31 Days of Stories 2009: Day 23, “Do Not Disturb” by A.M. Homes

August 23, 2009 by · Leave a Comment 

From Things You Should Know.

9780060520137Imagine you’re a 38-year-old doctor who has just been diagnosed with ovarian cancer. How would you react? Would you give in and wait to die or would you fight? Now imagine you’re that woman’s husband. Would you step up with unerring support or would you cut and run? Now imagine that your marriage has been on the rocks for some time leading up to the diagnosis. Would the life-changing advent of a potentially killing disease bring you closer together or push you further apart?

It should go without saying that the situation A.M. Homes sets up in her story “Do Not Disturb” is fraught with all kinds of emotional peril. But Homes has never been one to play it safe in her writing. Here, she ratchets up the stakes even more by making her cancer victim one of the most dislikable characters to appear in recent fiction. The psychological realism of Homes’s story – the pain and fear of a doctor who knows from experience and study precisely how cancer destroys the body – is juxtaposed with an exaggerated intensity that verges on the absurdist. “I have no interest in being human,” she says. As if to prove her assertion, she refuses to hug her husband, demanding, “Why do you keep asking me for things I can’t do, things I can’t give?” When her husband protests, she tells him bluntly: “I need to be married to someone who is like a potted plant, someone who needs nothing.” The hysterectomy that the wife undergoes is a physical hollowing out; the story makes it clear that this experience realizes what has been metaphorically true for some time. “How can you feel nothing?” the husband asks. “‘I am made of steel and wool,’ she replies happily.” The adverb is like an additional twist of the knife in the husband’s – and the reader’s – side.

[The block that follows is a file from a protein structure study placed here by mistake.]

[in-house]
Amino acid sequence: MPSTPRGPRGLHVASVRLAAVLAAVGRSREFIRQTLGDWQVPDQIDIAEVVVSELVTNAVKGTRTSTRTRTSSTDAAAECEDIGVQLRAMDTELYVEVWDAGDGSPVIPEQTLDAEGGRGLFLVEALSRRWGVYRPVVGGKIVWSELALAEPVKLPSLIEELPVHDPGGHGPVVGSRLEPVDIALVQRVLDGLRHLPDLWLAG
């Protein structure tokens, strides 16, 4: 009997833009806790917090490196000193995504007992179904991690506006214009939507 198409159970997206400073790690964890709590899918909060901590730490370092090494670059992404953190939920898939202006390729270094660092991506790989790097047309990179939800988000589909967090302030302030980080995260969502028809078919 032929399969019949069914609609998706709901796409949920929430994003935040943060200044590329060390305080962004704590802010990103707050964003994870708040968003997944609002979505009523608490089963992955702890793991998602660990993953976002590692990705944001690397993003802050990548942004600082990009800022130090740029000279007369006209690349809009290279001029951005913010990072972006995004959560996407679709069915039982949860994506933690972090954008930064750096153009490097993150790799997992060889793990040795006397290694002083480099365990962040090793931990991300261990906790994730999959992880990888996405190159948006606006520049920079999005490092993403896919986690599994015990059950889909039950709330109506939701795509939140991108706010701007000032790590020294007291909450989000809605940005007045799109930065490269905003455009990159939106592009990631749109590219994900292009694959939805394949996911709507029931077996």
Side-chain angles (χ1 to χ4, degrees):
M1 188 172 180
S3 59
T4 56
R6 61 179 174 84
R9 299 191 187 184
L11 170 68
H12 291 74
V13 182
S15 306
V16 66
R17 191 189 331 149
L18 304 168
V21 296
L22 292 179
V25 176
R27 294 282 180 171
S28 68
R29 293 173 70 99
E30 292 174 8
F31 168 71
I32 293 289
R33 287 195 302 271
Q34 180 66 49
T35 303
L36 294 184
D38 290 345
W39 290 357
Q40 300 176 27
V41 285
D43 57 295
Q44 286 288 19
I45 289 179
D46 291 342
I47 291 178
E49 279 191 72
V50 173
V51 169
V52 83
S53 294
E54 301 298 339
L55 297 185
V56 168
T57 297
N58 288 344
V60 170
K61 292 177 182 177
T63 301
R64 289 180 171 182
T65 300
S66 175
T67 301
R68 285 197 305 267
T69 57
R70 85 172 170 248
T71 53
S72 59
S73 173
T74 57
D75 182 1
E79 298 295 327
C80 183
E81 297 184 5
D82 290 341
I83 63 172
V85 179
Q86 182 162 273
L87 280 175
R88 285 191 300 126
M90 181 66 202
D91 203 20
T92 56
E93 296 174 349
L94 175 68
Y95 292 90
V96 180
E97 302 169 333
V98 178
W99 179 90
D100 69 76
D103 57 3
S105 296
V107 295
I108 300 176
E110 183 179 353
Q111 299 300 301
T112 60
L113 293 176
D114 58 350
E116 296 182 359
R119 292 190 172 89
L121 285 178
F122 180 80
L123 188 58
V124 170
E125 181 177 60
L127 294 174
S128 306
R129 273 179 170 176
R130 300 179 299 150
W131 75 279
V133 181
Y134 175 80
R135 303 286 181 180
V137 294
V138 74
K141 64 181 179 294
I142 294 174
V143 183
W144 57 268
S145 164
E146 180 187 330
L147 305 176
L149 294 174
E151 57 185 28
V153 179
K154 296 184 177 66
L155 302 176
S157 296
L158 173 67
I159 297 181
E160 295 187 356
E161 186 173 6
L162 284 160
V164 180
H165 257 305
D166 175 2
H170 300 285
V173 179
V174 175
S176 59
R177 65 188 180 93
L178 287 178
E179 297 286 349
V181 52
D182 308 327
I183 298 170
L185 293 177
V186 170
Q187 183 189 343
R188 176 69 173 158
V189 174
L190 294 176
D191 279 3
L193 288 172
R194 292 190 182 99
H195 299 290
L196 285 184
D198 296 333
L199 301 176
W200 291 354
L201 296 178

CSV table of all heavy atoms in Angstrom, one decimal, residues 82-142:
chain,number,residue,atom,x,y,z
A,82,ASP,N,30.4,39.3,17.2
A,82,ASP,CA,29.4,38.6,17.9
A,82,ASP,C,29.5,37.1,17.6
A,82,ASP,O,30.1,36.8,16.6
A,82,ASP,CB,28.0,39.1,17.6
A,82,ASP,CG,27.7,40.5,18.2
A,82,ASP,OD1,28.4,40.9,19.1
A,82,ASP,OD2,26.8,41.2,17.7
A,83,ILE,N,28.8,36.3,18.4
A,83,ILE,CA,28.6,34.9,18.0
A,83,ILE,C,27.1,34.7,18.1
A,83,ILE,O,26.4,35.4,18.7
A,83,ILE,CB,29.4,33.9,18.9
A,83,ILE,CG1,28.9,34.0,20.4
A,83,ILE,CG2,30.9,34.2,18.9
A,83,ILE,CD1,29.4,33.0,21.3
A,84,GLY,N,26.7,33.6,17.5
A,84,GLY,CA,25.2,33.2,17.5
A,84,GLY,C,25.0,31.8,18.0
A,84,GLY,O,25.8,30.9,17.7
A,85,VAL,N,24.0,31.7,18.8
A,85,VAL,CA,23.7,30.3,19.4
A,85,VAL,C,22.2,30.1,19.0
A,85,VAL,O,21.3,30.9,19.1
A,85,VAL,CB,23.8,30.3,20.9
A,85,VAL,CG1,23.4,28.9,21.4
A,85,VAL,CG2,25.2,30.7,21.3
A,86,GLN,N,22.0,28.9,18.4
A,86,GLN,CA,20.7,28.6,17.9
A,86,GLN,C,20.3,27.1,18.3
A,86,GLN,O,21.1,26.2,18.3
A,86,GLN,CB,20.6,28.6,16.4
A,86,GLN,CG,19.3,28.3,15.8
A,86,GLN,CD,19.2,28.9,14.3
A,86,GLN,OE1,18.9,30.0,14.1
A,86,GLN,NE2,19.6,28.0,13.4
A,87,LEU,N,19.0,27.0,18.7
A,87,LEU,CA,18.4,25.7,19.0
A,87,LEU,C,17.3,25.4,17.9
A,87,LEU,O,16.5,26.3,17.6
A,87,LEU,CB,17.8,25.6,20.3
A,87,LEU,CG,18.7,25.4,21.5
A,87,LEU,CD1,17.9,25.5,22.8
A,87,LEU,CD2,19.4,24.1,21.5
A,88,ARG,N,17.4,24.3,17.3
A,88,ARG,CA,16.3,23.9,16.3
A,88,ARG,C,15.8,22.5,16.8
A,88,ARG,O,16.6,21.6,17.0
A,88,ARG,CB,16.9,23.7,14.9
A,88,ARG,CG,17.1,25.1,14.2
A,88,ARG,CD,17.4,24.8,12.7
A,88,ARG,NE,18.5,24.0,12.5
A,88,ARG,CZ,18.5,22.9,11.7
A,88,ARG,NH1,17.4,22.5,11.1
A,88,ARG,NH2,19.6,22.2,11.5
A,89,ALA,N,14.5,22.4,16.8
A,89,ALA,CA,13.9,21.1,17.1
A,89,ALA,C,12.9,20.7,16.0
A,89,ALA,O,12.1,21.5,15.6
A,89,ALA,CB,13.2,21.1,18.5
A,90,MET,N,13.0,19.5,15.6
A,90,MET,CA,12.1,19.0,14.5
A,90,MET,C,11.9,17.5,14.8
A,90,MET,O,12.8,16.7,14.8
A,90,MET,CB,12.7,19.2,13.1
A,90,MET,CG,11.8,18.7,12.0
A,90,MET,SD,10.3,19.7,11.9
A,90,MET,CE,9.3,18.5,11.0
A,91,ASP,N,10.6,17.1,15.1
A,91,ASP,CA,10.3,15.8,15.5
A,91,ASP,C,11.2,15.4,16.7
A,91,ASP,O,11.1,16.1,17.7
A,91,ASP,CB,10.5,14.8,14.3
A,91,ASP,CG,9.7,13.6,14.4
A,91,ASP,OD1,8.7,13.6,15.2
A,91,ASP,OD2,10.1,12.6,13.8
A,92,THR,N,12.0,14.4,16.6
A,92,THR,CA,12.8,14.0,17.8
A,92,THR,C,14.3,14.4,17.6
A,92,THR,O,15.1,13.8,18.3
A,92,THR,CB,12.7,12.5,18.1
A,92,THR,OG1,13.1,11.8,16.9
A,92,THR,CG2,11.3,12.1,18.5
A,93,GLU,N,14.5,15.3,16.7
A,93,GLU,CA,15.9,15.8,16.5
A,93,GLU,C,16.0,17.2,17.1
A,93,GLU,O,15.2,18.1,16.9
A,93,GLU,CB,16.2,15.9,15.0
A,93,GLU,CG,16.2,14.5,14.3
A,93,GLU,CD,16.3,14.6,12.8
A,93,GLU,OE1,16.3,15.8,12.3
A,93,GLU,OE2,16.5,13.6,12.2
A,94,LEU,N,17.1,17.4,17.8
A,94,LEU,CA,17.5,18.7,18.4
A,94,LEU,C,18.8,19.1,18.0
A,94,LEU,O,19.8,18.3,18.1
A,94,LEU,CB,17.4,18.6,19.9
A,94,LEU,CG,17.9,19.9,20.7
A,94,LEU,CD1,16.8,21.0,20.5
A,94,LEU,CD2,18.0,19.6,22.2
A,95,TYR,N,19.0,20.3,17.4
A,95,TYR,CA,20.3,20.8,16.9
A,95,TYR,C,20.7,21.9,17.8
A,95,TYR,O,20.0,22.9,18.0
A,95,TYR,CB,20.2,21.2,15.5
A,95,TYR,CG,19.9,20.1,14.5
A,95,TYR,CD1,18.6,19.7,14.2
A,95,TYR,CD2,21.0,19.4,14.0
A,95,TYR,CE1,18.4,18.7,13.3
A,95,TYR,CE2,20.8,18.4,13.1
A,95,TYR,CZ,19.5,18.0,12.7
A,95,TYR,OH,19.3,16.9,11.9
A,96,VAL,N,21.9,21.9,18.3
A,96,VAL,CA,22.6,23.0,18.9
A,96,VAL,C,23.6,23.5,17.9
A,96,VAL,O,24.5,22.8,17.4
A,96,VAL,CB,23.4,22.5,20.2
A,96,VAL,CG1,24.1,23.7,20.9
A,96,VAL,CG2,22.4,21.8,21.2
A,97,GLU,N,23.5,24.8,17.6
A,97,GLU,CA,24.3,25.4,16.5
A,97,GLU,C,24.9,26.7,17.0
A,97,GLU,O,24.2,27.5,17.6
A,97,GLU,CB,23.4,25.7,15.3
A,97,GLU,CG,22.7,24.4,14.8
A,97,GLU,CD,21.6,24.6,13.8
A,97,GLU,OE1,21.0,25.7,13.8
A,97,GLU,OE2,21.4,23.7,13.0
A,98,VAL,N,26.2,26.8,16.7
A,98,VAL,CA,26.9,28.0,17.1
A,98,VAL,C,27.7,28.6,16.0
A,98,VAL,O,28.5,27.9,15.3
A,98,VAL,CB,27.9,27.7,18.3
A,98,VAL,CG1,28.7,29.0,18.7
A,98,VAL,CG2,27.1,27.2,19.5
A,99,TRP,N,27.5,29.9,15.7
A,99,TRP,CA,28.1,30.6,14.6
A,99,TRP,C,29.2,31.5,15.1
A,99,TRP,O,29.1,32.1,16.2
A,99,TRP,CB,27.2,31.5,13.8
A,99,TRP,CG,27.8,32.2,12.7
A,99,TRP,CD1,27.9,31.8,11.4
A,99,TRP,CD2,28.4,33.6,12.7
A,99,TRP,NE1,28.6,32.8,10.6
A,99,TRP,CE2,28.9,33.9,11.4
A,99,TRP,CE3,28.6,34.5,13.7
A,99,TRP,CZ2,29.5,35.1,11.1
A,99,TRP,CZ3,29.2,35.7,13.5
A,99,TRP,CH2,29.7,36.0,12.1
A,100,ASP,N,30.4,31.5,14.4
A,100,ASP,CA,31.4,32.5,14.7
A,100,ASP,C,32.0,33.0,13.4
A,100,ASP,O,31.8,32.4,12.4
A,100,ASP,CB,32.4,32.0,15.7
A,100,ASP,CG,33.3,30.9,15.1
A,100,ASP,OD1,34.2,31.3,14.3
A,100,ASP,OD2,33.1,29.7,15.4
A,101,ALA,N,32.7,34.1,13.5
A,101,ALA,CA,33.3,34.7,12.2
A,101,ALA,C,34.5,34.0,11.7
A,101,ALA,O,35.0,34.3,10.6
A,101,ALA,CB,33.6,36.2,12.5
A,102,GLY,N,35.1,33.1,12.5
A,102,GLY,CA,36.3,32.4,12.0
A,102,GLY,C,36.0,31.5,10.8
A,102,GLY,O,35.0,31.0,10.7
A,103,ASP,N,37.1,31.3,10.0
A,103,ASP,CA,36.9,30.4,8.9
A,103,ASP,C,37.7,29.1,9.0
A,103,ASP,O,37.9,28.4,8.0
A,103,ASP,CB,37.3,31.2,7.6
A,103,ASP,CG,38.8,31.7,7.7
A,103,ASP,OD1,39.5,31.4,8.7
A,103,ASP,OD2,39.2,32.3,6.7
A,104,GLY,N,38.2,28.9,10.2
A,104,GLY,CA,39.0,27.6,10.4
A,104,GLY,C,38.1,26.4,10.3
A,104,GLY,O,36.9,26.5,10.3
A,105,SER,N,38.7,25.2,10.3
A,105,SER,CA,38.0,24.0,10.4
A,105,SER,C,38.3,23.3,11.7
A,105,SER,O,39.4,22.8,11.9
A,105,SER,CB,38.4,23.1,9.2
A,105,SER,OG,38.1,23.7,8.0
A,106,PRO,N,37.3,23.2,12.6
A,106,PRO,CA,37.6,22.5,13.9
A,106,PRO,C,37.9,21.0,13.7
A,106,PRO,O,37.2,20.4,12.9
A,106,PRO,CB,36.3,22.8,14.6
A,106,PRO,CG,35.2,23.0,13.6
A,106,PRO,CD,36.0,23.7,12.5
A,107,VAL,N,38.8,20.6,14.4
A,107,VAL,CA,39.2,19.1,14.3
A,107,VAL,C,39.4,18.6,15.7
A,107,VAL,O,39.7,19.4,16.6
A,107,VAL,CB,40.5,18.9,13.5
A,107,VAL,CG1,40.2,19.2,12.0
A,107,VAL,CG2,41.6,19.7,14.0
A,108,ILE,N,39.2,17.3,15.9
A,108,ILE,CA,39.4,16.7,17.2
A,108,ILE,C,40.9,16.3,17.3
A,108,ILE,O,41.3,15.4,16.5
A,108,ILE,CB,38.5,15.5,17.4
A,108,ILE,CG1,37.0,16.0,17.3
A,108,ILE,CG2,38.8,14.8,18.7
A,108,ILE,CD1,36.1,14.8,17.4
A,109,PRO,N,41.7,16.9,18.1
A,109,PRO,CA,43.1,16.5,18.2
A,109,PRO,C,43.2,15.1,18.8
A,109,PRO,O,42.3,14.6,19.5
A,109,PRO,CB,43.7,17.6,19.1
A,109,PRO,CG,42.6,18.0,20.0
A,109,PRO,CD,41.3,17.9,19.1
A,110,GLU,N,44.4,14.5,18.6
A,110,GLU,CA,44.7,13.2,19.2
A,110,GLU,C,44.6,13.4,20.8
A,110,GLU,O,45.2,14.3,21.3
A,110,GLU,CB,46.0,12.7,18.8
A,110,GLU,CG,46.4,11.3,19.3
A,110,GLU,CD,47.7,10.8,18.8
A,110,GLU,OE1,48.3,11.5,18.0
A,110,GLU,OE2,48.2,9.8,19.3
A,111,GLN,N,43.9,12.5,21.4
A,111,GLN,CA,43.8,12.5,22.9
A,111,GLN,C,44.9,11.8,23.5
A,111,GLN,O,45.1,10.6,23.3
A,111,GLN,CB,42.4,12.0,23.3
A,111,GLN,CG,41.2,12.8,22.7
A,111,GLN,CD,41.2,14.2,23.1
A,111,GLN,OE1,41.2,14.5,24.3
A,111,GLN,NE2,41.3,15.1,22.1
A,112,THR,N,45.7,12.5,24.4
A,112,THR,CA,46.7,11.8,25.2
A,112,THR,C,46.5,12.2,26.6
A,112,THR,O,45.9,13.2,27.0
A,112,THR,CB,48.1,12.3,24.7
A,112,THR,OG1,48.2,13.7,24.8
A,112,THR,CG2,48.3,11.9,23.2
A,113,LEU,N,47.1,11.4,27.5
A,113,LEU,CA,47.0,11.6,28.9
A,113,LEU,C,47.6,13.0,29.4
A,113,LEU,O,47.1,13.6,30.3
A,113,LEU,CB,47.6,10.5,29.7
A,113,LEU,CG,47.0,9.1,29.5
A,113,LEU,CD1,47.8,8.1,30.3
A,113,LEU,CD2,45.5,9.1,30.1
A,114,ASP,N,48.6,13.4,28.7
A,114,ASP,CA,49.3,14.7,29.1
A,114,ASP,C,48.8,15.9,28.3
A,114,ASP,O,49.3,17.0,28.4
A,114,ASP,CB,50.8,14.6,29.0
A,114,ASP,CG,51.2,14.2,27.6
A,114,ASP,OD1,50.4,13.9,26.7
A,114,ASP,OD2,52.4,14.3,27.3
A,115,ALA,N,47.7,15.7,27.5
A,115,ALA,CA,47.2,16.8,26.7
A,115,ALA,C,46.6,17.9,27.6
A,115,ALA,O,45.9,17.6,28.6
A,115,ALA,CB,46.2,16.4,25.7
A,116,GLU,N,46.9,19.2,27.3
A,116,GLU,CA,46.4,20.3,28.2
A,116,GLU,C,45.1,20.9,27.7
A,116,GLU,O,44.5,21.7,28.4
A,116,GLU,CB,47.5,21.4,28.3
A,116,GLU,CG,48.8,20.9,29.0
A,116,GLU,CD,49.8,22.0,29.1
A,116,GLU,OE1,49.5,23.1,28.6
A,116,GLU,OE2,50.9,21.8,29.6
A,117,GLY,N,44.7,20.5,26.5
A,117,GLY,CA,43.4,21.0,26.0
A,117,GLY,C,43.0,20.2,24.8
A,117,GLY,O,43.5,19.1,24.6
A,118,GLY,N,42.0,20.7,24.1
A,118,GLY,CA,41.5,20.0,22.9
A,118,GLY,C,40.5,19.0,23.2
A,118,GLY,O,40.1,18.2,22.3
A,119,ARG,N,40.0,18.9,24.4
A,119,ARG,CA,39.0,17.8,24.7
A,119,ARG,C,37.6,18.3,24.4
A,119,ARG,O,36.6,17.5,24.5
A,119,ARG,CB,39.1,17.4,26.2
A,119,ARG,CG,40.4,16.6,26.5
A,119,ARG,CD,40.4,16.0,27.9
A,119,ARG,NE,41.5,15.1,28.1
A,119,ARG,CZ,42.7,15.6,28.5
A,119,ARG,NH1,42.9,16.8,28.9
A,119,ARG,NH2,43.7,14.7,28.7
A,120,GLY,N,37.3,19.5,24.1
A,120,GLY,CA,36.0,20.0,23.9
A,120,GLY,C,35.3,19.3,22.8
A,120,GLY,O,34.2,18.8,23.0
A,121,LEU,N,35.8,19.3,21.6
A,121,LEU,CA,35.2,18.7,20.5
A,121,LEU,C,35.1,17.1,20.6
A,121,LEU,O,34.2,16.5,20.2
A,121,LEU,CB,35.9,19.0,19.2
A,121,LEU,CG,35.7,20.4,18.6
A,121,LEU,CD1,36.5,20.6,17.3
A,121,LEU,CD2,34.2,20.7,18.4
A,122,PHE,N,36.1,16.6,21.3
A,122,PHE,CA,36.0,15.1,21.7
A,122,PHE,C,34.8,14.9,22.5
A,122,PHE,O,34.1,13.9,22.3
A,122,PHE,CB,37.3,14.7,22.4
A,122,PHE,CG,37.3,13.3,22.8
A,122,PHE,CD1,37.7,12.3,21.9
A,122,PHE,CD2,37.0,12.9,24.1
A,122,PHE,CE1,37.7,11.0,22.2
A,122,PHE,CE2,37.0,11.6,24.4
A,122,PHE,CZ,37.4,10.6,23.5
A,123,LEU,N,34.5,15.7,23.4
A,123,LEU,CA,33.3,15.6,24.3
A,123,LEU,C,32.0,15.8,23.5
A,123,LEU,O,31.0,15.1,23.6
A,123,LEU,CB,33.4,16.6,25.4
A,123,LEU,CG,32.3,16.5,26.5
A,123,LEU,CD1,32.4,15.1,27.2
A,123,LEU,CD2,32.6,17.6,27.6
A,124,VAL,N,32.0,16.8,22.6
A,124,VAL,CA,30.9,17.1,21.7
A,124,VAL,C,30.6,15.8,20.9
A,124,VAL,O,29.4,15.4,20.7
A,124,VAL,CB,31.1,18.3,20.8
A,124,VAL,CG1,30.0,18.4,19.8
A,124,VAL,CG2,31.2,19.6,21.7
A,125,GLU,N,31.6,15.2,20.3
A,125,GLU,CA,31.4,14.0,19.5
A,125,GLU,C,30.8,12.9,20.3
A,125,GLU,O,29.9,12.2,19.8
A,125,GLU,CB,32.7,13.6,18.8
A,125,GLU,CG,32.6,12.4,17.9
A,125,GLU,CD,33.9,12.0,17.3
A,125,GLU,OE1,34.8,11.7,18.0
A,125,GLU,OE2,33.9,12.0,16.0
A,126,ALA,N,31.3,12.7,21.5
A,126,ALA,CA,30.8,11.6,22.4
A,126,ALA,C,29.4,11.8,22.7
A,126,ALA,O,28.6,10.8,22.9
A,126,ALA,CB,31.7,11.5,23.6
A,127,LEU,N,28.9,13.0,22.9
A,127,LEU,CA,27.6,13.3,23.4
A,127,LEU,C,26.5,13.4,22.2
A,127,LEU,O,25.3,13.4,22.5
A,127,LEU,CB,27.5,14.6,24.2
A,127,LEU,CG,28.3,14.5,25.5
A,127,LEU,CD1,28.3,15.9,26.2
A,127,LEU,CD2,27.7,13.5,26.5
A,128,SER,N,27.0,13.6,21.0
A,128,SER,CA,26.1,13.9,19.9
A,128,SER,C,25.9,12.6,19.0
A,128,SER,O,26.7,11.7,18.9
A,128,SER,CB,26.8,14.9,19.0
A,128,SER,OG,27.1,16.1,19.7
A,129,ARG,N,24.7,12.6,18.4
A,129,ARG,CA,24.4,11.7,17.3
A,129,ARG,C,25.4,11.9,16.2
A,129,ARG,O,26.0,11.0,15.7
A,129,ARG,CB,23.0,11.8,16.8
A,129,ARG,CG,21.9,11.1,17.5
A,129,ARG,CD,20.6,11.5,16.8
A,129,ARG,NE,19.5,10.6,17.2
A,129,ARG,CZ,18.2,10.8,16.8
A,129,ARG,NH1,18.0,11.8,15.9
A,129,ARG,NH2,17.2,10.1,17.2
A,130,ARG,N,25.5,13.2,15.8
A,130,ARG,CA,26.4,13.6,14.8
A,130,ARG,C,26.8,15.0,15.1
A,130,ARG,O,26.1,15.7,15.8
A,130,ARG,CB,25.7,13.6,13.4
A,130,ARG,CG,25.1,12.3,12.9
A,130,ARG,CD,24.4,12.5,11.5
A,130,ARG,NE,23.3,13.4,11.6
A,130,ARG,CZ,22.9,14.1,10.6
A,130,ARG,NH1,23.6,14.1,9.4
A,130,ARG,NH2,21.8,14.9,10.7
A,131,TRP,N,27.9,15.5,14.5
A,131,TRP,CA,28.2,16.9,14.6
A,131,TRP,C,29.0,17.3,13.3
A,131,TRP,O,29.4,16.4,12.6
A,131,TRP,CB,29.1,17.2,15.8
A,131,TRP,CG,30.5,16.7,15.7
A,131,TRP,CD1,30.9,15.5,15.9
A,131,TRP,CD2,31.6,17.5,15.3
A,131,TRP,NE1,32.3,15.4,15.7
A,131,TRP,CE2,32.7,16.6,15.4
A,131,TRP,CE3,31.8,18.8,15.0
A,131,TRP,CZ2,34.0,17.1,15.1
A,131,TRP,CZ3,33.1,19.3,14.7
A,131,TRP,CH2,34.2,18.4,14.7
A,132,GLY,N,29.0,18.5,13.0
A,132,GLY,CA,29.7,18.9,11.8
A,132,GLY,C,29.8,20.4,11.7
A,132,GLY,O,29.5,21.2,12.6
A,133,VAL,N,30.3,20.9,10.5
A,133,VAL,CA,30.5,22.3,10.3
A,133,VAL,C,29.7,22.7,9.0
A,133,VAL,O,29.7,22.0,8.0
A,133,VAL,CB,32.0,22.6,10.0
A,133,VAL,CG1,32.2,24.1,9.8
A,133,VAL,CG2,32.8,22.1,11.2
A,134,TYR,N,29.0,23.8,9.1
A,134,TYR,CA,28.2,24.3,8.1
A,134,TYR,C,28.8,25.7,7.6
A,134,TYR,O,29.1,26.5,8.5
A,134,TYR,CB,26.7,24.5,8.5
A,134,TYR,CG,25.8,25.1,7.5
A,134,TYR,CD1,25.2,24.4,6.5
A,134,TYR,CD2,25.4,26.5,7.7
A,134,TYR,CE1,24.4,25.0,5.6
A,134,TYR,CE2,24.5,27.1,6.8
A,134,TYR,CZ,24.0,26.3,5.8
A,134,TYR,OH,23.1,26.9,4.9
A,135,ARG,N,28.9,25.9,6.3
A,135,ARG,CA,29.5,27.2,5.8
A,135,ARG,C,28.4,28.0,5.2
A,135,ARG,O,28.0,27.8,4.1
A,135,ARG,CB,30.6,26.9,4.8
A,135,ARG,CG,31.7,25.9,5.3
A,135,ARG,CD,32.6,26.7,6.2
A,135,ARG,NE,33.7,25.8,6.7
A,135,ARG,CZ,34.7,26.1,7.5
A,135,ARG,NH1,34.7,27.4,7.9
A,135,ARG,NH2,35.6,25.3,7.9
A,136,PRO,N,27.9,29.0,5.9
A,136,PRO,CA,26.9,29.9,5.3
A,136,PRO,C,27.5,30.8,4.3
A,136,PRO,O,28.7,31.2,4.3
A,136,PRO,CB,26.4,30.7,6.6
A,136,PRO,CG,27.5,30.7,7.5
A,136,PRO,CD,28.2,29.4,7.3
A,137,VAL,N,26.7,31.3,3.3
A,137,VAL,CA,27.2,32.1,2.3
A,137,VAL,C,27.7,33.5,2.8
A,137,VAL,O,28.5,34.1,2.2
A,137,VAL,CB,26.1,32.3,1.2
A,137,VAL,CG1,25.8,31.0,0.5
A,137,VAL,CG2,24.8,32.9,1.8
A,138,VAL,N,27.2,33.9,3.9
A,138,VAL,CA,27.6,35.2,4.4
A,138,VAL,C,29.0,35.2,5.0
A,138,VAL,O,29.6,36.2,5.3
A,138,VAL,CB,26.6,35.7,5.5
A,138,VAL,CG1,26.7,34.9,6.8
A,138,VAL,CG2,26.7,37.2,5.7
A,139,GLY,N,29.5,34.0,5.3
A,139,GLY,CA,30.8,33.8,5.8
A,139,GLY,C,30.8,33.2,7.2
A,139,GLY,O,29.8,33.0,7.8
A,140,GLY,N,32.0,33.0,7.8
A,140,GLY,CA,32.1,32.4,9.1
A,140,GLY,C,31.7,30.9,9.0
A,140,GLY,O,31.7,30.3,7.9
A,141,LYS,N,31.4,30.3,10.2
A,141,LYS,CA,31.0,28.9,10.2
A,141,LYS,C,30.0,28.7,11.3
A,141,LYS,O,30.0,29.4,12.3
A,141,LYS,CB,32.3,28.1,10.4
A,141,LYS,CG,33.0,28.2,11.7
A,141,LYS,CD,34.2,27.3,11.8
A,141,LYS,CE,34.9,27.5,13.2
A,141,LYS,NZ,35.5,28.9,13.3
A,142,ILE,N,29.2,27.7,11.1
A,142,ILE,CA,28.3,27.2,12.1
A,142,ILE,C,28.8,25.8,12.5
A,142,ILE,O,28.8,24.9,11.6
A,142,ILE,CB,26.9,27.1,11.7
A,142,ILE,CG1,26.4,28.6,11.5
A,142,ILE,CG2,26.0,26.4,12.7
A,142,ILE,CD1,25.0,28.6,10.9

Homes does not give her married couple proper names, as if to distance them from each other and the reader to the maximum extent possible. She ups the ante further by having the story narrated from the man’s point of view: his wife’s belligerent disaffection is filtered in its entirety through his beleaguered psyche. Although there is nothing in the story to indicate that the husband is an unreliable narrator, it is significant that as readers we are only privy to his interpretation of the events being narrated. It’s axiomatic to the point of cliché to suggest that any relationship has two distinct perspectives, and the truth usually lies somewhere in between them. Yet the wife is such a monster, so unrepentantly angry (both before and after her diagnosis) that she appears at times almost unbelievably exaggerated.

Still, when in the story’s early stages, the husband relates a fight he had with his wife, which climaxes with her assertion, “I was a bitch before I met you and I’ll be a bitch long after you’re gone,” it is difficult for a reader to disagree. Following the cancer diagnosis, the husband avers that he’s “not the kind of person who leaves the woman with cancer,” but that he doesn’t know “what you do when the woman with cancer is a bitch.” His inability to come to a decisive conclusion regarding his fractured marriage is a function of his erroneous belief that a terminal diagnosis brings out the best in a person. In reality, Homes’s story suggests, such a diagnosis merely makes one more of what one already is. The truth of which throws an uncomfortably bright light on this nasty little parable.

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